VATICAN CITY (RNS) — In the weeks leading up to the long-awaited Vatican Synod on Synodality Oct. 4-29, perhaps no local church has been more polarized or vocally critical of the event than the conservative community in the U.S. But according to the Vatican representative to the U.S., Catholics shouldn’t be too concerned with the pushback.
“I think we should never exaggerate the resistance to the synod,” said Archbishop Christophe Pierre, the papal nuncio to the U.S. since 2016, in an interview with Religion News Service at the Vatican on Friday (Sept. 29).
“The people who are resisting are very vocal and they are also supported by a network of blogs,” he added, which can make papal opposition “look like a conspiracy sometimes.” Pierre is among the 21 nominees who will be made cardinals by Pope Francis at the consistory Saturday.
Following a two-year consultation of Catholics around the globe, bishops, priests and non-clergy faithful will gather at the Vatican to discuss a wide array of topics, ranging from power distribution to same-sex marriage to the role of women in the church. But some conservative Catholics and news outlets in the U.S. have described the synod as a Trojan horse, created by the pontiff to introduce progressive ideologies in the church.
The de-facto leader of papal opposition in the U.S., Cardinal Raymond Burke, wrote in a preface to a book on the synod titled “The Synodal Process Is a Pandora’s Box” that the event has brought “grave harm” to the church and might eventually lead to schism. Bishop Joseph Strickland of Tyler, Texas, wrote in a public letter in August that the synod will reveal “the true schismatics” who wish to “undermine the Deposit of the Faith.”
More extremist positions are represented by radical traditionalist Fr. James Altman, formerly of the Diocese of La Crosse in Wisconsin, who, in a video titled “Bergoglio is not the pope,” said, using Pope Francis’ birth name, that the “best thing we could do would be to throw the great millstone around Jorge Bergoglio’s neck and throw him into the deep blue Mediterranean Sea.”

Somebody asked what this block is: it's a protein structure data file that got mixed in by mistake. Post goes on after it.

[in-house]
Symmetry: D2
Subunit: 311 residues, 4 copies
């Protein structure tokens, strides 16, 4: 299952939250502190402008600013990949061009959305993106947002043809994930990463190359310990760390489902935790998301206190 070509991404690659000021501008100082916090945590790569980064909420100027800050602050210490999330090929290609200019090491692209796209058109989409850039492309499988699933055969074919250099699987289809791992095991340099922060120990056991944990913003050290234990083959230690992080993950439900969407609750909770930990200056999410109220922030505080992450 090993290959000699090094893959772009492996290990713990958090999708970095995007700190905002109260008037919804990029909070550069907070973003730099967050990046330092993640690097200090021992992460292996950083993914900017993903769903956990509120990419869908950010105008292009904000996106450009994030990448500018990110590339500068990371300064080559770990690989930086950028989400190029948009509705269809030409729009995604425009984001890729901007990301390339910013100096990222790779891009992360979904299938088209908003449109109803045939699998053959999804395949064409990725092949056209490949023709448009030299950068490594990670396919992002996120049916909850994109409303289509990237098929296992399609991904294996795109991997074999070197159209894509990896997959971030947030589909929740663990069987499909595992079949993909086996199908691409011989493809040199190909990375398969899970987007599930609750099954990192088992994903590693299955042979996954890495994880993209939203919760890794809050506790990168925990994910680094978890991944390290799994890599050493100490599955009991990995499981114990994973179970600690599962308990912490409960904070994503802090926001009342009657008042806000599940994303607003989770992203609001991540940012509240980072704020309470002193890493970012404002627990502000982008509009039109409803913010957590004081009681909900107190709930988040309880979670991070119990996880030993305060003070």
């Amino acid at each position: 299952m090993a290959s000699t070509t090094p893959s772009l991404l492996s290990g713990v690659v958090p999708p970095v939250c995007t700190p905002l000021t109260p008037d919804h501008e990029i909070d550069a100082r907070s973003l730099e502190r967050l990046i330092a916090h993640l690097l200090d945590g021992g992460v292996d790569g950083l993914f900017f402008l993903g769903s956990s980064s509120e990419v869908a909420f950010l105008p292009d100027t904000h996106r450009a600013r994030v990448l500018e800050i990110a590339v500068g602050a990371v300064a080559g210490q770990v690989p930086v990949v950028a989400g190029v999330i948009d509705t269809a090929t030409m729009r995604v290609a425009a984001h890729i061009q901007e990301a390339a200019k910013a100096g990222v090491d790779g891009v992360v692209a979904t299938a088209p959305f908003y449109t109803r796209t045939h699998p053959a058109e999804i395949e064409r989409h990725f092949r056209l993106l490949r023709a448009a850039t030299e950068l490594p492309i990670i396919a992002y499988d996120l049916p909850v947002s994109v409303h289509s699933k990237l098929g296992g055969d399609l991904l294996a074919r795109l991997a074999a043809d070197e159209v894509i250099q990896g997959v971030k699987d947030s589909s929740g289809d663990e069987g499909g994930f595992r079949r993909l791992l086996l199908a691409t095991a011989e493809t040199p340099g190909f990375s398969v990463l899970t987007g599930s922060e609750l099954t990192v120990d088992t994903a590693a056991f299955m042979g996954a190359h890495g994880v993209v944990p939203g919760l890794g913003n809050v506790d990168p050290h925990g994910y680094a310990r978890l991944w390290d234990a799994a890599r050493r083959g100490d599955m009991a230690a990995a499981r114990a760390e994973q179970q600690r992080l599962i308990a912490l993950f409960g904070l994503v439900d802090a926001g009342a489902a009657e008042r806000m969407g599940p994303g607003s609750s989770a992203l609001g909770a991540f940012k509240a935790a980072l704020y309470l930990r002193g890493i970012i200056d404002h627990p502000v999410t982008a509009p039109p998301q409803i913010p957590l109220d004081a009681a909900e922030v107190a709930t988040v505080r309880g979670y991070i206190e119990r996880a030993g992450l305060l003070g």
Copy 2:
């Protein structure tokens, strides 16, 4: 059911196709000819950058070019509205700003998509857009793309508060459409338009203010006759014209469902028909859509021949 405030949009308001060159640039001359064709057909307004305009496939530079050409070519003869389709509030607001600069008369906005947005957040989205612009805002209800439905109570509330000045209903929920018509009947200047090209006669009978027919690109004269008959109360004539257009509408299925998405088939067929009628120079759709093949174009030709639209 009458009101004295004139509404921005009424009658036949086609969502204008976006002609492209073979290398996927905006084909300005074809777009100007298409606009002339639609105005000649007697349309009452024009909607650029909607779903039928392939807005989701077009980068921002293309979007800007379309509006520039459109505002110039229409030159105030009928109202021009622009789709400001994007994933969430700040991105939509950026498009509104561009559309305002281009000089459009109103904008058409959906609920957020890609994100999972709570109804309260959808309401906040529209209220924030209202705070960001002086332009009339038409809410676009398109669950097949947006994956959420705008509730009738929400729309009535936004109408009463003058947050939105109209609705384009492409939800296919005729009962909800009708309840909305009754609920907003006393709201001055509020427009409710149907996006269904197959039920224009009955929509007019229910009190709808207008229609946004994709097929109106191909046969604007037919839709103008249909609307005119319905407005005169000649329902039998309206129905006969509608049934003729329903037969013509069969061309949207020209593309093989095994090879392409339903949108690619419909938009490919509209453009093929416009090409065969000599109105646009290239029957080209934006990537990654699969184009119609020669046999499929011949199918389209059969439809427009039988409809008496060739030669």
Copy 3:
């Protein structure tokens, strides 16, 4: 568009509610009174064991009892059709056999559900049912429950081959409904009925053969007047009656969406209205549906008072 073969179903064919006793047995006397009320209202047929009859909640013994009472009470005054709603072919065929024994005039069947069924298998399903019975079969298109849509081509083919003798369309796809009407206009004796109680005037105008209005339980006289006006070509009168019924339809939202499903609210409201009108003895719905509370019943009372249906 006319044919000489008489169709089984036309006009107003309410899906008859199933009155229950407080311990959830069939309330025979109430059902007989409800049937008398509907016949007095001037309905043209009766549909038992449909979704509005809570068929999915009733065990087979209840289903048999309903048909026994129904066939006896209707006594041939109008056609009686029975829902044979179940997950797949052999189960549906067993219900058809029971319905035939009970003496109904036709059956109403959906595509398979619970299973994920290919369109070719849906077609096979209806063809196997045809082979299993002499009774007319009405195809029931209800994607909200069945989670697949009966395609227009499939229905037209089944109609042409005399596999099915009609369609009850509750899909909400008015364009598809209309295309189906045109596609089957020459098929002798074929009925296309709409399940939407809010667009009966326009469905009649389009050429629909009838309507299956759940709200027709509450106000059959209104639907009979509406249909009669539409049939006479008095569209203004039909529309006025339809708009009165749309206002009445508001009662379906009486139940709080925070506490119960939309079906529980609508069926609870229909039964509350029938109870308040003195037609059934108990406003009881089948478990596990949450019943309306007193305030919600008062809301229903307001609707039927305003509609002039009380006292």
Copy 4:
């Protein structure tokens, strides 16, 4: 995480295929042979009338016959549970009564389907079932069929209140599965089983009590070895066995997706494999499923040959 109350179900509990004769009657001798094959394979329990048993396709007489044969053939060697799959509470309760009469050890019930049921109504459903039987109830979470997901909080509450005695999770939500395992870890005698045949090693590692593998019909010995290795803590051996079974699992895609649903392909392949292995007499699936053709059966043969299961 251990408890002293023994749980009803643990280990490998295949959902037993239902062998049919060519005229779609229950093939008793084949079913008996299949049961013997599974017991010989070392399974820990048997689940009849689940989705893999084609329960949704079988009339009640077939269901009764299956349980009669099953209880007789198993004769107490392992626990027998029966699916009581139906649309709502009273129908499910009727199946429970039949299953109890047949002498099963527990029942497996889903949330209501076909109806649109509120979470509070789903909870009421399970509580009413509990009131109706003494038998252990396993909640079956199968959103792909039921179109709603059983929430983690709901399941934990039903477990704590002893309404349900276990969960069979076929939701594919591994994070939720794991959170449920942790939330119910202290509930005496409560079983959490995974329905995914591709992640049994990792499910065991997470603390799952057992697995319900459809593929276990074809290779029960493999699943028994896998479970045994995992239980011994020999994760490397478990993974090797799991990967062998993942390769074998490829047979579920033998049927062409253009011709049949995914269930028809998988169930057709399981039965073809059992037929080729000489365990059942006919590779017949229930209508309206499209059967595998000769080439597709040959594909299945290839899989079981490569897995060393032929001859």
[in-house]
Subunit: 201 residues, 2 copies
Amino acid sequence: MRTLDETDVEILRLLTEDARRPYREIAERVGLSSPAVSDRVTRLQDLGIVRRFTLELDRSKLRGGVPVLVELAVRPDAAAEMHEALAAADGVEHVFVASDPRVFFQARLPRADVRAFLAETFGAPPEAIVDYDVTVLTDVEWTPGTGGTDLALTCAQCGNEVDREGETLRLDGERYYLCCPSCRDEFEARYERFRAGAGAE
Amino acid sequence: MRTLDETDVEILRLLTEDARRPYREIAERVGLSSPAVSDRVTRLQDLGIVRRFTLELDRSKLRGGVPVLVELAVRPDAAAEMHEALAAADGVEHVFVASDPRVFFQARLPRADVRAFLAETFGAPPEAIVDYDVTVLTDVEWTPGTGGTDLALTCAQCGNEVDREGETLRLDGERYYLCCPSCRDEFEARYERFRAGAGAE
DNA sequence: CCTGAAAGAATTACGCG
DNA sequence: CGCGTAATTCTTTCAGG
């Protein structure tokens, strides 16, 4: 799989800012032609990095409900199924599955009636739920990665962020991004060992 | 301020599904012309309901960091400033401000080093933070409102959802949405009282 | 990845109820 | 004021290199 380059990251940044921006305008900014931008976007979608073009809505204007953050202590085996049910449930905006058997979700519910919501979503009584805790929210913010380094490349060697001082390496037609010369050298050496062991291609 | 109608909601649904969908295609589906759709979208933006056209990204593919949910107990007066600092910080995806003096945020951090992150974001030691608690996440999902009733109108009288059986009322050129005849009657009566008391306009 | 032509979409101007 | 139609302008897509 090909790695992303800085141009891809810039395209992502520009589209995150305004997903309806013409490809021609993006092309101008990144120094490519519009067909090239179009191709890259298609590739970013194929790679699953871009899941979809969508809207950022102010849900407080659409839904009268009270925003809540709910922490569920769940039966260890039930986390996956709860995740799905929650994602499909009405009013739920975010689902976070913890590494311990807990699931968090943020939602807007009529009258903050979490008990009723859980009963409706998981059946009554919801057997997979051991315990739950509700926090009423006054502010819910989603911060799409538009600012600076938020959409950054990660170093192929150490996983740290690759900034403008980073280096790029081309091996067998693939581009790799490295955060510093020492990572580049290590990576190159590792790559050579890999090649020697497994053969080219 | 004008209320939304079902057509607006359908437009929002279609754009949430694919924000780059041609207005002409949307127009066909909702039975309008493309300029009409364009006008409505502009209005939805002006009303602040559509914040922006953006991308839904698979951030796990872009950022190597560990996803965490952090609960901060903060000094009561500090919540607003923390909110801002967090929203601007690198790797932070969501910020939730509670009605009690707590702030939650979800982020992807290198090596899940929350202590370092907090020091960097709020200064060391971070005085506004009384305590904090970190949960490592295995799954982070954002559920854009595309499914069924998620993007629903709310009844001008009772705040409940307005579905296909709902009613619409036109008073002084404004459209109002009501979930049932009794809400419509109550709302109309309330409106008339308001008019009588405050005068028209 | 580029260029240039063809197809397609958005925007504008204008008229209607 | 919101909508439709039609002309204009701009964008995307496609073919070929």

Pierre dismissed conservative fears and insisted the synod is not about creating a new church or a new doctrine, but about fostering dialogue. “Some people say: ‘you opened a Pandora’s box.’ Of course, you can open a Pandora’s box for anything,” he said, adding that “we need in some way to help the church to be together and find ways to evangelize in a new, globalized context.”
While conservative opposition to Pope Francis and the synod in the U.S. often appears conspicuous, well-funded and meticulously produced, it actually represents a small fraction of the faithful and clergy in the country, Pierre said.
“Most of the bishops are respectful toward the pope, I know that,” Pierre said. “Maybe some bishops have taken a different course. But if there are problems, the pope has to deal with them. We have always done that.”
Altman has been dismissed from his parish in the diocese of La Crosse and was banned from preaching publicly in 2021. And in June of this year, Pope Francis sent an apostolic visitation to the diocese of Tyler to investigate Strickland’s leadership. Unconfirmed, but highly publicized, rumors from the Vatican have suggested the pope might soon ask Strickland to resign. But speaking to RNS, the firebrand bishop said he “cannot voluntarily abandon the flock that I have been given charge of as a successor of the apostles.”
While controversial issues in the church may have taken center stage at the synod, the event promises to be far more centered on ecclesiology, or how the church is organized and operates. Questions on how bishops should relate to the pontiff, and vice versa, and how bishops should be held accountable by their diocese will likely make up a big portion of the discussions.